Rifle vs. Riffle

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A reader has a question about the verbs rifle and riffle in relation to papers:

One word I so often see misspelled in books is riffle. Authors will say, “He rifled through the papers in the file.” More often than not, they do not use riffled. I even see it in bestsellers.

Actually, papers may be either rifled (long i) or riffled (short i).

The words possibly share an etymology with an ancestor that had such meanings as scratch, scrape, steal, and rob. In Piers Plowman (c. 1400), Langland has the allegorical character Covetousness say, “I rose when they were asleep and rifled their sacks.”

Rifle can be used transitively or intransitively to mean, “make a thorough search.”

Sometimes the phrasal “rifle through” is used.

Crime writers (and police) often have occasion to use the verb rifle when describing the aftermath of a break-in:

I sat in the black leather chair and carefully rifled through the junk mail, bills, and personal correspondence.

A peace group in Cleveland reports a break-in of their offices. Some items of value were taken including computer disks and stamps, others were ignored and the office was rifled.

The intruder rifled drawers and files but nothing appeared to have been taken.

He rifled through a desk and found a security card to the building’s front door.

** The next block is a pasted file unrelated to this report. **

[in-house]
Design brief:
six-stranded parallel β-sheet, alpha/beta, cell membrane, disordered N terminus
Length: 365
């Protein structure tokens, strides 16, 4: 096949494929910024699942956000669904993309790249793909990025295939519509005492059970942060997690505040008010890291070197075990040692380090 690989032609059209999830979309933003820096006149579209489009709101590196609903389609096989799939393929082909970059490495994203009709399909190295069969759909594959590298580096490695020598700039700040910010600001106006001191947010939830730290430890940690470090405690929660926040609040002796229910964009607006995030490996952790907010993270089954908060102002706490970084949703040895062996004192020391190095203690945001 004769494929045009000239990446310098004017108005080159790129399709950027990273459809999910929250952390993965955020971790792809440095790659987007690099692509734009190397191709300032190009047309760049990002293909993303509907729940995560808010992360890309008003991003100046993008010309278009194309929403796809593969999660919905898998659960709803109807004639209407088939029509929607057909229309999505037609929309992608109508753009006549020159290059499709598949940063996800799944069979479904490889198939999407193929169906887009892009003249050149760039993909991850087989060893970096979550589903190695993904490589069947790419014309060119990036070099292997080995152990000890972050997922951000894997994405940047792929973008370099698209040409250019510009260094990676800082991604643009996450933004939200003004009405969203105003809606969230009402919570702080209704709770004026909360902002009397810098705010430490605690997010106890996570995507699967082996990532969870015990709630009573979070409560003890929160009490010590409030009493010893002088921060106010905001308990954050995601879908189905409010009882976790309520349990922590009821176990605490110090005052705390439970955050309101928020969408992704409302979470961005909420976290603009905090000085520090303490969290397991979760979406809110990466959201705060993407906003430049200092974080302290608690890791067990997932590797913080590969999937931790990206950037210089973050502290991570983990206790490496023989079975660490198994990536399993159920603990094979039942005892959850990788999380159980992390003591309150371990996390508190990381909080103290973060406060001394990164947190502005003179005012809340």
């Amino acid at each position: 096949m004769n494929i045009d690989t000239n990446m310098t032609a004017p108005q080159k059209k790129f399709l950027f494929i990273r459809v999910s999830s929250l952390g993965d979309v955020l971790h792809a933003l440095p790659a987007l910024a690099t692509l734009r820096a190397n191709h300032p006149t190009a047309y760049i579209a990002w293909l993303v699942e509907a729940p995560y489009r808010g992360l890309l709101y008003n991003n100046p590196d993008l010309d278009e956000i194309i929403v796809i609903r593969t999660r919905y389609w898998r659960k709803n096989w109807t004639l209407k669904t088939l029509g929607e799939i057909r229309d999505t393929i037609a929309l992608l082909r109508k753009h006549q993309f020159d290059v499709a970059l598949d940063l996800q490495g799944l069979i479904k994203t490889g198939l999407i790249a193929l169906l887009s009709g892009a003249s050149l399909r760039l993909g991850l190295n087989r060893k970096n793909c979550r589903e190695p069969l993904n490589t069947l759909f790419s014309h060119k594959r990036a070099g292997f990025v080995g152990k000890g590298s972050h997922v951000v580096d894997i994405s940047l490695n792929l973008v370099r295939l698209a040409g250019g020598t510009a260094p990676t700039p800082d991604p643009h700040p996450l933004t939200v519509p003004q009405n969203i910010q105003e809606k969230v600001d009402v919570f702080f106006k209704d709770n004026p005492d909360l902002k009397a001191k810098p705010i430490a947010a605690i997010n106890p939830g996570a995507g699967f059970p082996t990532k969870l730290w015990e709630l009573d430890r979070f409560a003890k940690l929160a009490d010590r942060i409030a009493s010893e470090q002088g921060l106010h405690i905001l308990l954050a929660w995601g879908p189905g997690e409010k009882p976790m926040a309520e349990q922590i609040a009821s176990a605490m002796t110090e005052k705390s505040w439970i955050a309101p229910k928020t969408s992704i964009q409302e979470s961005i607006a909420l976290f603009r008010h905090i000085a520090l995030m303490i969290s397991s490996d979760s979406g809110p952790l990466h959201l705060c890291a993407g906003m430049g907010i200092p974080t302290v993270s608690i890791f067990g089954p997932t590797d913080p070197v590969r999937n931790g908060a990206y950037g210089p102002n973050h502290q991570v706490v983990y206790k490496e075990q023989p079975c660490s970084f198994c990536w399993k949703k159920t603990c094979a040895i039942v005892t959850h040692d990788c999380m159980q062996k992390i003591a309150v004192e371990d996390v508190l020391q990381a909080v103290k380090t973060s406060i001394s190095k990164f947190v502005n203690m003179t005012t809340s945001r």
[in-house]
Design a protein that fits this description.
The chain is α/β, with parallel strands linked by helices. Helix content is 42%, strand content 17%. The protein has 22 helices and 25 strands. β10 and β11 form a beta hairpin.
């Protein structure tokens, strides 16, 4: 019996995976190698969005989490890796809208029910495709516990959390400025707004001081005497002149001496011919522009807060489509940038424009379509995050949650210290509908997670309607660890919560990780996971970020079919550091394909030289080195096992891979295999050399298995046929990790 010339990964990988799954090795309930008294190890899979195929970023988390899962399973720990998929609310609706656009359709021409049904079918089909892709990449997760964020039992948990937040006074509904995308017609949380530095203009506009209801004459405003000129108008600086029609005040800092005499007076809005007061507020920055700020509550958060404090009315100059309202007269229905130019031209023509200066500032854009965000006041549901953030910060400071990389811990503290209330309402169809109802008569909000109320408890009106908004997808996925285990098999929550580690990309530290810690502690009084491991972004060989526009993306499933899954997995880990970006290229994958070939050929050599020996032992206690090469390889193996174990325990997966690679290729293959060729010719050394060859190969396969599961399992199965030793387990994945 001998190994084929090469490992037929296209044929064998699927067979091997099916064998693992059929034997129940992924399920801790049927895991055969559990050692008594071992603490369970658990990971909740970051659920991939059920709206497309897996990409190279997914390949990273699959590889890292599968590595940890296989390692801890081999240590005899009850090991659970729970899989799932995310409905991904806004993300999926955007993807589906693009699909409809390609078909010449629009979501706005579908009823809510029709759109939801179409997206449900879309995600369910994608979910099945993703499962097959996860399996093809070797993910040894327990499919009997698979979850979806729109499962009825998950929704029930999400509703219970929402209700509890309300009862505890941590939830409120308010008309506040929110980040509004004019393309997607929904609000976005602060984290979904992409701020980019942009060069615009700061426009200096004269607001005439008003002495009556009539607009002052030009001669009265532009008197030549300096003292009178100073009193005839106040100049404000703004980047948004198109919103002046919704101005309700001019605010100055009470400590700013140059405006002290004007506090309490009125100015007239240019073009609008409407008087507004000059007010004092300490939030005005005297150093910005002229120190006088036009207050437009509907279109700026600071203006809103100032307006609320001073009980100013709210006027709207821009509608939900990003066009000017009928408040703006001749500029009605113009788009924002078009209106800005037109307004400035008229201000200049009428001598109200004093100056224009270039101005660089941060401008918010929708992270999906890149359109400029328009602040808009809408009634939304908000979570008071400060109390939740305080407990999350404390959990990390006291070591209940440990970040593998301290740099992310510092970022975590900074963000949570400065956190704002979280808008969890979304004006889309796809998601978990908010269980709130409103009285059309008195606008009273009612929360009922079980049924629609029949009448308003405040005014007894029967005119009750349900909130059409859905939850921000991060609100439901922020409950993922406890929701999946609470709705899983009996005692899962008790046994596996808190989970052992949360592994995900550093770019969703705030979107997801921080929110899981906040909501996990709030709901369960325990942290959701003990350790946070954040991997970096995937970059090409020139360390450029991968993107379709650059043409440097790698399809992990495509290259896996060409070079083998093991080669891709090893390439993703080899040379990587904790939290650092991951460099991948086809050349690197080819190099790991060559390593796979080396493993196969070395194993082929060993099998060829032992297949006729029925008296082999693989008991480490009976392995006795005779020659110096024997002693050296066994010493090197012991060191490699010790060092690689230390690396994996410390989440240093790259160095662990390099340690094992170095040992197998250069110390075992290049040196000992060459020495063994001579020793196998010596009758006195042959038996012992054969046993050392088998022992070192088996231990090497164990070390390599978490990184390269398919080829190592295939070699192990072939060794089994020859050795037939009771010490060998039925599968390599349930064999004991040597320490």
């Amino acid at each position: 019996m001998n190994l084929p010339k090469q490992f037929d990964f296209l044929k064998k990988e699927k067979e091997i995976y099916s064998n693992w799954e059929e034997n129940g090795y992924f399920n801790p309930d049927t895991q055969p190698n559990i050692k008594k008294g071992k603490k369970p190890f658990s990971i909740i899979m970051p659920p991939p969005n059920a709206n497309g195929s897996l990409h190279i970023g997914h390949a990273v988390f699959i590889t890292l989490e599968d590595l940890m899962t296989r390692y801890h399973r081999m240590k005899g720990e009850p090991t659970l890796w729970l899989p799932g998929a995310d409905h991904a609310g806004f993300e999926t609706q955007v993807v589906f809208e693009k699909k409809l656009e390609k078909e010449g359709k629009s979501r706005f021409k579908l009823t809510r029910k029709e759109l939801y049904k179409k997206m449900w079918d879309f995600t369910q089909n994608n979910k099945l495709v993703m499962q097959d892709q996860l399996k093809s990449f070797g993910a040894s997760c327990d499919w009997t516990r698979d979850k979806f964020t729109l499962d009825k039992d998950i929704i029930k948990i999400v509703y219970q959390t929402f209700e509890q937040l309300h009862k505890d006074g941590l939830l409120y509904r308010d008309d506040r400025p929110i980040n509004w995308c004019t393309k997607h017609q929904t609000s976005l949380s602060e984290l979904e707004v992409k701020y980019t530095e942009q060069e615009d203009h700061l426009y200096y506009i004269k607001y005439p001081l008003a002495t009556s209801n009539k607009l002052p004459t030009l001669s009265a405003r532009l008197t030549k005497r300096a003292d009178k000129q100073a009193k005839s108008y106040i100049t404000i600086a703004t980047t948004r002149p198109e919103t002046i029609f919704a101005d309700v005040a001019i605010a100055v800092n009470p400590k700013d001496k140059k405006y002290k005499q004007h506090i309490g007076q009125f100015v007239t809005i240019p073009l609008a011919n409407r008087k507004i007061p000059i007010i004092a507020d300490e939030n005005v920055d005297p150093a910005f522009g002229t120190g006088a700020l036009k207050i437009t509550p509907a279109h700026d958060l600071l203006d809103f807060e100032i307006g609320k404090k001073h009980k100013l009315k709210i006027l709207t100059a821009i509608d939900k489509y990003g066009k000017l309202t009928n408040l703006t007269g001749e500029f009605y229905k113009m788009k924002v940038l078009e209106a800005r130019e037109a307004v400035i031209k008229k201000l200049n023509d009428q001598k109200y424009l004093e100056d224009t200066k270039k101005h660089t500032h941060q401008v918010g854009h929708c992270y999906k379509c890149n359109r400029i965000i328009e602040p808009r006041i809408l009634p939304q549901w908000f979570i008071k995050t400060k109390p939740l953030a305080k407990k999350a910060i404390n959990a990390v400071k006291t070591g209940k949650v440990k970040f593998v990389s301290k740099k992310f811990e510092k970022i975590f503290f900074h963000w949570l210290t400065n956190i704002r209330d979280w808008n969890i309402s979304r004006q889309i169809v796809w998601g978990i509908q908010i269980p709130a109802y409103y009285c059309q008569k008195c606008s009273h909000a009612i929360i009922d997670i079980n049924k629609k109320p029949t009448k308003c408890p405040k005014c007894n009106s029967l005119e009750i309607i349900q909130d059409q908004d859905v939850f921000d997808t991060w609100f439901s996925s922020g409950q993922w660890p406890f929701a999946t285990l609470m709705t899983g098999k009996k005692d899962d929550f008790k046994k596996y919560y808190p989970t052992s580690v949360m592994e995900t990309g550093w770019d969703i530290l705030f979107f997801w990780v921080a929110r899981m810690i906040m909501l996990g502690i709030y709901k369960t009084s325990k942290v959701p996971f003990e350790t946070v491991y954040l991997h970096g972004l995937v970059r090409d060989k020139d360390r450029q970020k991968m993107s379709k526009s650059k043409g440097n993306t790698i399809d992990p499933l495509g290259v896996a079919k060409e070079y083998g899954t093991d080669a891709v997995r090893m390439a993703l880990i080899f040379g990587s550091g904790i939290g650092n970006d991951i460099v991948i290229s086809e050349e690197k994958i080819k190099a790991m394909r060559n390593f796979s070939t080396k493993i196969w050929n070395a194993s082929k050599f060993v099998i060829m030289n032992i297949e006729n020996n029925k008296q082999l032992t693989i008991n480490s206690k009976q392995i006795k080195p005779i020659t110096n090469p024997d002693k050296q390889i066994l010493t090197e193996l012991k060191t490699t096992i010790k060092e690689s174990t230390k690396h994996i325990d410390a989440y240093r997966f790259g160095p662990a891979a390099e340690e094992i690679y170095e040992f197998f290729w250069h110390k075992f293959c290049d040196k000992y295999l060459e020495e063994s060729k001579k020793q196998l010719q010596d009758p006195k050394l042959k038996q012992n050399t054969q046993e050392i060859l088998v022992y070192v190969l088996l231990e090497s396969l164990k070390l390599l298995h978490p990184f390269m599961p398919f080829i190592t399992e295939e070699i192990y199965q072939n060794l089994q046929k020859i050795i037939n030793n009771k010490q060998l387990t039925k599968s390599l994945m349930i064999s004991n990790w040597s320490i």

Drawers and filing cabinets had been rifled through and left open, but no property was initially noticed to be missing.

“To riffle papers” is another thing altogether. In the context of moving paper, riffle means, “to ruffle in a slight or rippling manner.”

Anyone who has ever sat outside to read a newspaper or conventional book has experienced the mild annoyance of having one’s reading interrupted by a breeze:

The breeze riffled the pages and he held them down and stared at the drawings, which seemed to come to life on the page.

Things other than paper may be riffled:

Cool breezes riffled through Leto’s hair as he descended toward the warmer surface.

A late-afternoon breeze riffled the water out beyond the lazy breakers and hustled some candy wrappers down the wet brown beach.

A sudden gust riffled palm fronds overhead, but nothing else stirred.

Another use of riffle is to describe the movement of flicking through papers or cards in such a way as to release the leaves or cards in rapid succession:

As the cards are held and riffled, the back design of the cards are observed. 

The dealer’s hands riffled the deck, and the cards made a smooth, purring noise.

With rifle and riffle—as with so much else—context is all.

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3 thoughts on “Rifle vs. Riffle”

  1. In today’s newsletter, Rifle vs. Riffle, you wrote, “As the cards are held and riffled, the back design of the cards are observed.” Since the subject is DESIGN (of the cards), which is singular, shouldn’t the verb be IS (observed)? Alternatively, the sentence could say, “…the back designs on the cards ARE observed.

    As always, I enjoy these newsletters immensely and thank you. I especially liked the clarification on Chance of vs. Chance for.

  2. I have always assumed that to rifle and to riffle were 2 different things as described. Although as I write this my riffle is being red-lined by my spell checker for reasons unknowed. That too.

  3. Susan B,
    You are quite right. The verb in that example should agree with singular “design” and not plural “cards.” I rarely edit the examples that I copy and paste from my sources.

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